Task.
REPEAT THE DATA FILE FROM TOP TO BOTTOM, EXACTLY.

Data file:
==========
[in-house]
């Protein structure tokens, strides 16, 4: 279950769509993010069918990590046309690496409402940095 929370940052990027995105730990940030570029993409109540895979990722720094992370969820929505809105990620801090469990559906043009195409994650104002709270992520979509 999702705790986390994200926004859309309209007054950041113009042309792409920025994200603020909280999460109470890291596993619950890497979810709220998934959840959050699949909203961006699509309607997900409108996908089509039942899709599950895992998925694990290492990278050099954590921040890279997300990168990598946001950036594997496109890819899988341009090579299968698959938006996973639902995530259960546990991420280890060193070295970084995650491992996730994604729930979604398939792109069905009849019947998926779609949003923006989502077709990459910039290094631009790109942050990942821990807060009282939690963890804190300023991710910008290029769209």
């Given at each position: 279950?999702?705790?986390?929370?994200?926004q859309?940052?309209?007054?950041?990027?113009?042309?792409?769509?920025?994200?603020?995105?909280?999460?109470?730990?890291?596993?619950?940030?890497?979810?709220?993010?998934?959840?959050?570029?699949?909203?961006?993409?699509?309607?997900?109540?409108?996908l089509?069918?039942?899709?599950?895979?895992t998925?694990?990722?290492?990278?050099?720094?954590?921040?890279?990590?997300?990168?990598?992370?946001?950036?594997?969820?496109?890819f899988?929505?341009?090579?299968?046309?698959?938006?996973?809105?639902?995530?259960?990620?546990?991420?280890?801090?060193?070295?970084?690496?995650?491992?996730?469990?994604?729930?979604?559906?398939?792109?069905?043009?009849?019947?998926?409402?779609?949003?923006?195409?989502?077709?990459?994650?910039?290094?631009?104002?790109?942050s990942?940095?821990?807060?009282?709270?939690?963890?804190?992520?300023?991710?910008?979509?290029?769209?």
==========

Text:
[in-house]
């Protein structure tokens, strides 16, 4: 279950769509993010069918990590046309690496409402940095 929370940052990027995105730990940030570029993409109540895979990722720094992370969820929505809105990620801090469990559906043009195409994650104002709270992520979509 999702705790986390994200926004859309309209007054950041113009042309792409920025994200603020909280999460109470890291596993619950890497979810709220998934959840959050699949909203961006699509309607997900409108996908089509039942899709599950895992998925694990290492990278050099954590921040890279997300990168990598946001950036594997496109890819899988341009090579299968698959938006996973639902995530259960546990991420280890060193070295970084995650491992996730994604729930979604398939792109069905009849019947998926779609949003923006989502077709990459910039290094631009790109942050990942821990807060009282939690963890804190300023991710910008290029769209």
């Given at each position: 279950?999702?705790?986390?929370?994200?926004q859309?940052?309209?007054?950041?990027?113009?042309?792409?769509?920025?994200?603020?995105?909280?999460?109470?730990?890291?596993?619950?940030?890497?979810?709220?993010?998934?959840?959050?570029?699949?909203?961006?993409?699509?309607?997900?109540?409108?996908l089509?069918?039942?899709?599950?895979?895992t998925?694990?990722?290492?990278?050099?720094?954590?921040?890279?990590?997300?990168?990598?992370?946001?950036?594997?969820?496109?890819f899988?929505?341009?090579?299968?046309?698959?938006?996973?809105?639902?995530?259960?990620?546990?991420?280890?801090?060193?070295?970084?690496?995650?491992?996730?469990?994604?729930?979604?559906?398939?792109?069905?043009?009849?019947?998926?409402?779609?949003?923006?195409?989502?077709?990459?994650?910039?290094?631009?104002?790109?942050s990942?940095?821990?807060?009282?709270?939690?963890?804190?992520?300023?991710?910008?979509?290029?769209?």